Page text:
Founder and CEO of the Centre for Human Development, Hanif Benjamin, Clinical Therapist and Clinical Traumatologist.

Founder and CEO of the Centre for Human Development, Hanif Benjamin, says while there are attempts to move from a pandemic into an endemic stage, there is much work to be done to ensure that the people’s coping mechanisms are strengthened as national and global challenges continue to mount.

Speaking on CNC3’s The Morning Brew show today, Hanif Benjamin—a Clinical Therapist and Clinical Traumatologist—says many people are barely holding on and it is becoming apparent in the suicide rate.

Serious social fallout

He notes the poor and most vulnerable in society have been pushed even further across the brink.

“We have to consider: how do we rebuild the social tapestry of a country?  Right now, in many countries, they are facing two great ills—mental health and the socially displaced,” he observed.  “How do we bring people back to a level of functioning where they feel as if their dignity and worth are intact in such a way that they don’t have to consider suicide?  Where they don’t have to consider that the end is near for them and their children?” 

“And so, it requires a different level of thinking in our society from our leaders as we continue to grapple with social fallout,” the clinical therapist asserts.

According to Hanif Benjamin, even though the world is trying to transition from the pandemic to the endemic stage of COVID-19, that attempt to move on is further complicated by rising prices and increasing cost of living, further exacerbated by the war in Ukraine.

“People will continue to suffer,” he points out, “and it will be important for the government of the day and other agencies to figure out how they can cushion the impact of these new challenges and forces.”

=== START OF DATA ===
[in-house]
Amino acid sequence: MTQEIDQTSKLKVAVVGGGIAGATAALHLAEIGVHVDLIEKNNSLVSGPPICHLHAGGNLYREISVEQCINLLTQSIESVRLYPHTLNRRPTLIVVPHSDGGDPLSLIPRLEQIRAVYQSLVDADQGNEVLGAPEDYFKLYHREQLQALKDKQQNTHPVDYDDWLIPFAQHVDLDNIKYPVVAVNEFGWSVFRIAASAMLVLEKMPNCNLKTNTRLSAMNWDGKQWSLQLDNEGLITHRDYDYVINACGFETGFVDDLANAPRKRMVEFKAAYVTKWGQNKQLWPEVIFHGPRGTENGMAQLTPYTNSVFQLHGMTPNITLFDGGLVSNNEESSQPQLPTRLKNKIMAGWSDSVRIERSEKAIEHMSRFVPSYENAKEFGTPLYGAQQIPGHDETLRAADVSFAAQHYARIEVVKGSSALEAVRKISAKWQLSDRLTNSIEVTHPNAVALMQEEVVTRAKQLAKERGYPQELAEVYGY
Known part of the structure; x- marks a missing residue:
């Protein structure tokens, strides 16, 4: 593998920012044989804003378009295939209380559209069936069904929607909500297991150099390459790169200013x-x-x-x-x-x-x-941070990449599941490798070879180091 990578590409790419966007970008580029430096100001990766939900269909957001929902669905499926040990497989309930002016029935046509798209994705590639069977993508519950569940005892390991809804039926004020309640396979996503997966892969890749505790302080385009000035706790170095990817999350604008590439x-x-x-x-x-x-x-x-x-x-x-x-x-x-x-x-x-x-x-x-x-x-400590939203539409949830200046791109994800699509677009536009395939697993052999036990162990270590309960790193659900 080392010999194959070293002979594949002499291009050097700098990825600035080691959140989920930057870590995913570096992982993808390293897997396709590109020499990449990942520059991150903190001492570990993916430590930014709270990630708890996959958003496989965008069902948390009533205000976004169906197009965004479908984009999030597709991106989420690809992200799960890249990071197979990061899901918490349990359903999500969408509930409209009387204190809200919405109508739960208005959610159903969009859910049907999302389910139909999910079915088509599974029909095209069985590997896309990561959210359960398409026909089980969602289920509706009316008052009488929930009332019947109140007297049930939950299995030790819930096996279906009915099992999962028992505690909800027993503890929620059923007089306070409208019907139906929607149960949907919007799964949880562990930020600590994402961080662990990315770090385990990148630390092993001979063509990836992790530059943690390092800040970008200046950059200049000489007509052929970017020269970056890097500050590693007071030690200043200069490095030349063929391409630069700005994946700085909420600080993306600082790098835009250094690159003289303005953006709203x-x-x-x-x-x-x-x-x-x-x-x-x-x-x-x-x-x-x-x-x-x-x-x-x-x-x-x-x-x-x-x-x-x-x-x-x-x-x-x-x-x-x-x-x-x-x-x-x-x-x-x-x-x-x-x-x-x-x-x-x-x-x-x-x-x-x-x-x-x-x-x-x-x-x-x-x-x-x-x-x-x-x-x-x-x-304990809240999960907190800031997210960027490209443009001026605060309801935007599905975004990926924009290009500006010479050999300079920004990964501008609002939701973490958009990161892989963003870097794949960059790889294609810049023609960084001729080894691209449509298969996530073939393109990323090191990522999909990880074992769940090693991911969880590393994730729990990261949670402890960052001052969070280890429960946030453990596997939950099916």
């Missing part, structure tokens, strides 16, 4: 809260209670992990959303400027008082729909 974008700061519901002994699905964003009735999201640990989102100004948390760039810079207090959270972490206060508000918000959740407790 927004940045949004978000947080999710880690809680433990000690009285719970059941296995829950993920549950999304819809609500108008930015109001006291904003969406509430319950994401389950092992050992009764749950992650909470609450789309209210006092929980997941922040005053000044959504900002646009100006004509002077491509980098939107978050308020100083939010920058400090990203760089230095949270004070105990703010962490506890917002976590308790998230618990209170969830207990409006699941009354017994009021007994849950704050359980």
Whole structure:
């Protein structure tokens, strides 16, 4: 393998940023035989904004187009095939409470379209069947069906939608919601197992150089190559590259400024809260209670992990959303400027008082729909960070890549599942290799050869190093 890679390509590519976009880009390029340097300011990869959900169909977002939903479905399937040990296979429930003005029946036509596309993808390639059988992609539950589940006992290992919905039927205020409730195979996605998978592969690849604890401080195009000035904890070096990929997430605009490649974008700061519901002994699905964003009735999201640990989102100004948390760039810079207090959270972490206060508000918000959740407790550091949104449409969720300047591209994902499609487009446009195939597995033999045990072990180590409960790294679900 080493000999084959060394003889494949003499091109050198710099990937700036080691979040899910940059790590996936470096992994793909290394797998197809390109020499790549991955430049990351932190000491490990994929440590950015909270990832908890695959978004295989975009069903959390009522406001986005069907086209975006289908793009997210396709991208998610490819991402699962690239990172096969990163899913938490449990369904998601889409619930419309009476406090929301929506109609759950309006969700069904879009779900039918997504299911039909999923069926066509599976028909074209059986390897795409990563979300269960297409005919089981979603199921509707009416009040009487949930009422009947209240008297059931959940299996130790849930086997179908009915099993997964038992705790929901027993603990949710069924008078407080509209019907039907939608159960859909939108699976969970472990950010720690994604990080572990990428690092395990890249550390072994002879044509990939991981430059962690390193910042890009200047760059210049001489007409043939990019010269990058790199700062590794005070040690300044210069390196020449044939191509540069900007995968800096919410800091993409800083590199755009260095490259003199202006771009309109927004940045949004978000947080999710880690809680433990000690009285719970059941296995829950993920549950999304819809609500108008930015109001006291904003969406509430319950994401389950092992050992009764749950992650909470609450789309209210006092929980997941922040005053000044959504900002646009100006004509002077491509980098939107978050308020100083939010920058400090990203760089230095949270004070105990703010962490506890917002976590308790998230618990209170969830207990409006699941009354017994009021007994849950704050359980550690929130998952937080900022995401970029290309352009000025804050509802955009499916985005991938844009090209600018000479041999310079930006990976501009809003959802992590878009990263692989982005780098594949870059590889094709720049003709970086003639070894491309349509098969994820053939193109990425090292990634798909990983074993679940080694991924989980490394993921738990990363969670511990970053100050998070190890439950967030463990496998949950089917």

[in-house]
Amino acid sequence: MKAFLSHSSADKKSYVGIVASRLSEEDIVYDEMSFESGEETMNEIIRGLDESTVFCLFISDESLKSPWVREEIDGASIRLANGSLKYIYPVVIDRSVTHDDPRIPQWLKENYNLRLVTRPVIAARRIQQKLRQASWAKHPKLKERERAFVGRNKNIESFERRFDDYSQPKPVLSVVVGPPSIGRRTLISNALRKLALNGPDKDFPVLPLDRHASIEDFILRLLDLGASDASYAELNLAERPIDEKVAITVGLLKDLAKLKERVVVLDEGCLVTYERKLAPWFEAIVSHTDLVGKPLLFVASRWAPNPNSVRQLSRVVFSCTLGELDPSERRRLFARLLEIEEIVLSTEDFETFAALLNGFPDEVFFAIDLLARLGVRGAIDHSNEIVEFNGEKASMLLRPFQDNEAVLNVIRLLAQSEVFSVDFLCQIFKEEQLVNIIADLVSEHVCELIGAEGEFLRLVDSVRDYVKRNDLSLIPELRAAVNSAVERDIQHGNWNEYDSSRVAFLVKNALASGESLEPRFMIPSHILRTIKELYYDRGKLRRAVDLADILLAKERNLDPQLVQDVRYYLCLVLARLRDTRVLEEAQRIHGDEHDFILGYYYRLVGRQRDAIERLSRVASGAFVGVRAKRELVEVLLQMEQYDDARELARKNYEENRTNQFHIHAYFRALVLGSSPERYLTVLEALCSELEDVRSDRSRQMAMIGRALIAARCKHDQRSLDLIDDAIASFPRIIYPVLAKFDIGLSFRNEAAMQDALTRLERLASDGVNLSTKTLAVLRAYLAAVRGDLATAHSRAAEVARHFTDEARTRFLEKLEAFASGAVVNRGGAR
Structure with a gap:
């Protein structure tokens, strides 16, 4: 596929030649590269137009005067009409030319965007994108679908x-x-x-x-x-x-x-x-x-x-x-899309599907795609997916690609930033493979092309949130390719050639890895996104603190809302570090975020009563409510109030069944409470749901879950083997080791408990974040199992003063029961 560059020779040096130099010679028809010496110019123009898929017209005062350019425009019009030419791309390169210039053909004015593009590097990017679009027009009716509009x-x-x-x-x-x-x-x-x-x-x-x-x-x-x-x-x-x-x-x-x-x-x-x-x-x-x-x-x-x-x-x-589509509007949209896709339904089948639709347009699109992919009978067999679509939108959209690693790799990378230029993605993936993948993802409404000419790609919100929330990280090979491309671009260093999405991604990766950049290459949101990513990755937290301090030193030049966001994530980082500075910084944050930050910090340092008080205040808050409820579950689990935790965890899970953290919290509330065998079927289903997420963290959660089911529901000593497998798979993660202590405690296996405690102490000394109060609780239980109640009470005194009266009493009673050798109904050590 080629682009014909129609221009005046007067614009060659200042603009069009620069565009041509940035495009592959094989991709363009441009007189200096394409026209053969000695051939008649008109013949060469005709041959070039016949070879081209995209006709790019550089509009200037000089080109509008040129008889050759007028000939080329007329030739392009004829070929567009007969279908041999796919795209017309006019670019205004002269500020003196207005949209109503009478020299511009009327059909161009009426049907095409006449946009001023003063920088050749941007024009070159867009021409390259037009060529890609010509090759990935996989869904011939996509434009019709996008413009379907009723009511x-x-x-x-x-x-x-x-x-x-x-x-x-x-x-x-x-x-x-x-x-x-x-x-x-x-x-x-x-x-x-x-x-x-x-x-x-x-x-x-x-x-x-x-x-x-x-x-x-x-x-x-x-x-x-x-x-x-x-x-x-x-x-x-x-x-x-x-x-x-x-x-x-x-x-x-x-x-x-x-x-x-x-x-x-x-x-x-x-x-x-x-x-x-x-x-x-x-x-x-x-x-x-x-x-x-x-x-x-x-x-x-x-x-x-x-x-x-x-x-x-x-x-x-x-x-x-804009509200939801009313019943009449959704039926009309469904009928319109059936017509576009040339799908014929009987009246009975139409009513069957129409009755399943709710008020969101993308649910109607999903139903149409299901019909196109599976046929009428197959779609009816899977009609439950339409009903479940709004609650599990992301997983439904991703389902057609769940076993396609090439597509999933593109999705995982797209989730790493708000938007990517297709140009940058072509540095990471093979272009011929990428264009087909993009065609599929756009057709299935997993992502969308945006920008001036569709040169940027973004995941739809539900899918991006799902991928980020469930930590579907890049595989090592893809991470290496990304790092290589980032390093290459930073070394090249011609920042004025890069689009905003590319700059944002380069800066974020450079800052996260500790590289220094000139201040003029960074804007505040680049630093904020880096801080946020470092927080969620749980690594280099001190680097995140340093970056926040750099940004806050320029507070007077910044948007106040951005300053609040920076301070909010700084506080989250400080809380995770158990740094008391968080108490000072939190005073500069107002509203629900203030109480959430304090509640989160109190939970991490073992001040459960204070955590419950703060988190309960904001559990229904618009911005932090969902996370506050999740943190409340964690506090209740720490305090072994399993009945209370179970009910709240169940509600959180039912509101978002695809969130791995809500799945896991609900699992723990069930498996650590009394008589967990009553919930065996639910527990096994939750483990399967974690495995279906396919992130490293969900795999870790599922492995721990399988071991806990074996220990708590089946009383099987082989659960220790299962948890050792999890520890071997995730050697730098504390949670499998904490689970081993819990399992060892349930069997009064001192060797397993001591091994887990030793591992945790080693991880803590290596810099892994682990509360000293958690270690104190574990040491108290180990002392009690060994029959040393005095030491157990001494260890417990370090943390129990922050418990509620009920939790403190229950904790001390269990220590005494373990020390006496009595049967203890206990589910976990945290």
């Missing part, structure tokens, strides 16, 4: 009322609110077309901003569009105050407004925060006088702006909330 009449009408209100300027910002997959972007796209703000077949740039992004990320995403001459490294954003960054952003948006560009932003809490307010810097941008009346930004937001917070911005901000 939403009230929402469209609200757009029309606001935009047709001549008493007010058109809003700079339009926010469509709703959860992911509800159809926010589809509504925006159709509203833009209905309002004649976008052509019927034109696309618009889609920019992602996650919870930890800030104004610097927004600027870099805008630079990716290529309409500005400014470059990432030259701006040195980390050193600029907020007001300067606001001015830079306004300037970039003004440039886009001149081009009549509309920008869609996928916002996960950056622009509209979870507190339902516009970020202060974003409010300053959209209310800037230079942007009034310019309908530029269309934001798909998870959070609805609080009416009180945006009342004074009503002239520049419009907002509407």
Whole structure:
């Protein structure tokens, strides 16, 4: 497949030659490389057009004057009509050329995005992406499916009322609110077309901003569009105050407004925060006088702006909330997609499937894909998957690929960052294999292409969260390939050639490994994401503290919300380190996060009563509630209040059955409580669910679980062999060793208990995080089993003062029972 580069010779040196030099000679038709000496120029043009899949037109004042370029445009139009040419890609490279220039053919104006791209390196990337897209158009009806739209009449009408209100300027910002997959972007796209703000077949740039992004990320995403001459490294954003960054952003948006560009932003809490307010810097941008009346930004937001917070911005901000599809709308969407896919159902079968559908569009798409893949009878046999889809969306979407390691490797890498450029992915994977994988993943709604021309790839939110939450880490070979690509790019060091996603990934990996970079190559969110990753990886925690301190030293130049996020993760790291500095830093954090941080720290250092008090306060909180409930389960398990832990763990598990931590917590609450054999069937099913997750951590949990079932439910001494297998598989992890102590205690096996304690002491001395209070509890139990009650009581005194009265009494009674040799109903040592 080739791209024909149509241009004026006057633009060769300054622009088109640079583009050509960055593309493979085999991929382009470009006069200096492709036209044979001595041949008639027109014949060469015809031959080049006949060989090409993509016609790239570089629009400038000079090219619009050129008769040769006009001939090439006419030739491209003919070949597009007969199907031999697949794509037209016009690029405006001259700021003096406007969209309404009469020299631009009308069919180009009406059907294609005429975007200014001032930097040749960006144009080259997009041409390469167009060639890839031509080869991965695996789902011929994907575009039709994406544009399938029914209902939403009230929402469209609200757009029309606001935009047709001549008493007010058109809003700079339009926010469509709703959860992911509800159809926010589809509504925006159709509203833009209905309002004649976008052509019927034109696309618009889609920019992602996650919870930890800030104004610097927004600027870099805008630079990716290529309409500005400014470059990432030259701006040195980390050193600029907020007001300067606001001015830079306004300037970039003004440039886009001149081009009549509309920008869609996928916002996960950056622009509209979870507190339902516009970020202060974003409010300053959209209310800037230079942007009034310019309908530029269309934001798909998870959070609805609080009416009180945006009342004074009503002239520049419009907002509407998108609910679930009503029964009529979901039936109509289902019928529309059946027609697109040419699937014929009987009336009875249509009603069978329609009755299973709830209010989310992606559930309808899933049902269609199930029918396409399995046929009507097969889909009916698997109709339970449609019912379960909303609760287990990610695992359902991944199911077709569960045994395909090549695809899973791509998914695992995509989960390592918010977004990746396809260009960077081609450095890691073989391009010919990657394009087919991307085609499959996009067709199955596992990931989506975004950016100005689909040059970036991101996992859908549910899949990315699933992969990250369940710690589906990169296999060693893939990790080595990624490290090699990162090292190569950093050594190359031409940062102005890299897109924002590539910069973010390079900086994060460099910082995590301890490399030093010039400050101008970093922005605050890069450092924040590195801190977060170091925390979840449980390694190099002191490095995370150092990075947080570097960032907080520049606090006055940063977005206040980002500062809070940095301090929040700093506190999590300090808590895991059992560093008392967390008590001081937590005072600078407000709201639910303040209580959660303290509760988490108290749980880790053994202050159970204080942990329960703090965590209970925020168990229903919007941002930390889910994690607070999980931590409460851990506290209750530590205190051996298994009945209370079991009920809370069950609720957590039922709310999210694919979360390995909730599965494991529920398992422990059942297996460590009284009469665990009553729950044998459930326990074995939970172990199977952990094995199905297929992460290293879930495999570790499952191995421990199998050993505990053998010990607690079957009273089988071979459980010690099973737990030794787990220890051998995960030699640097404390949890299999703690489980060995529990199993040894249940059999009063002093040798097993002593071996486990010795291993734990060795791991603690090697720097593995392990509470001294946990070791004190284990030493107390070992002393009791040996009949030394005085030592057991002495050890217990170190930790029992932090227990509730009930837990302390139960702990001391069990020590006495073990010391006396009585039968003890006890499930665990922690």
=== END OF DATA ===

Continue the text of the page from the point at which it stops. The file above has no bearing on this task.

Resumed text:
He adds: “Serious conversations need to happen about the way we tax and make money, so that the vulnerable do not continue to carry the burden.”

Businesses hard hit

Many businesses would have closed their doors permanently because of the COVID-19 pandemic, and Hanif Benjamin observes that many business owners he has counselled have struggled to maintain a healthy mental attitude as they see their financial independence and business fortunes crumble.

“What I found was an infusion of mental health challenges,” he notes, “such as depression and anxiety.  Many of them were willing to give up.”

The clinical therapist had words of encouragement for those trying to rebuild their businesses from the ashes of the COVID-19 pandemic.

“You may have to change the way you do business. You may have to change the hours you do business.  It may mean you would have to go back to, as if it was your first time, where you as a businessowner had to work 24 hours to make things work,” he explained.

He warned: “To stop would lead to depression and even suicidal ideation.  It is okay to feel unwell. It is not okay to stay in the place of being unwell.”

“You will need to motivate yourself to bring yourself to a different level. You will have to tell yourself, ‘I cannot stop here. I cannot remain here. I must get up and reengineer the way I think’,” he added, pointing out that crisis provides and opportunity for one to reengineer their lives to be able to survive, whatever may come.

Build resilience into our people

Hanif Benjamin also points to what has been happening with the nation’s children.  He maintains children must be properly assessed as they are preparing to return to in-person teaching in physical classrooms.

“Children are now going back to school and time must be spent on assessing their mental wellbeing, and providing resilience programs for both children and adolescents,” he points out.

“We must also do the same for our adults,” he added.

According to Hanif Benjamin, this country has what it takes to come out of the COVID-19 pandemic even stronger than before.  He warns, however, that if we fail to take seriously the lessons learnt during this challenging time, we would have failed.

“The world will never be the same.  Trinidad and Tobago will never be the same.  If you are waiting for the pandemic to be over so you can ‘go back to your life’, then you would have failed moving forward,” he stated.  “The pandemic has shown us that we are a strong and resilient people. I have no doubt that we will bounce back.  As a country, we are seeing signs of that.”

He says part of the building back process must include a focus on mental health and wellbeing.

“In most disasters, we build back the pretty buildings. We put back the infrastructure.  But if the mind is left behind…  No building or infrastructure would withstand a weak mind and so, we must continue to work on mental health as the priority in this country,” he said.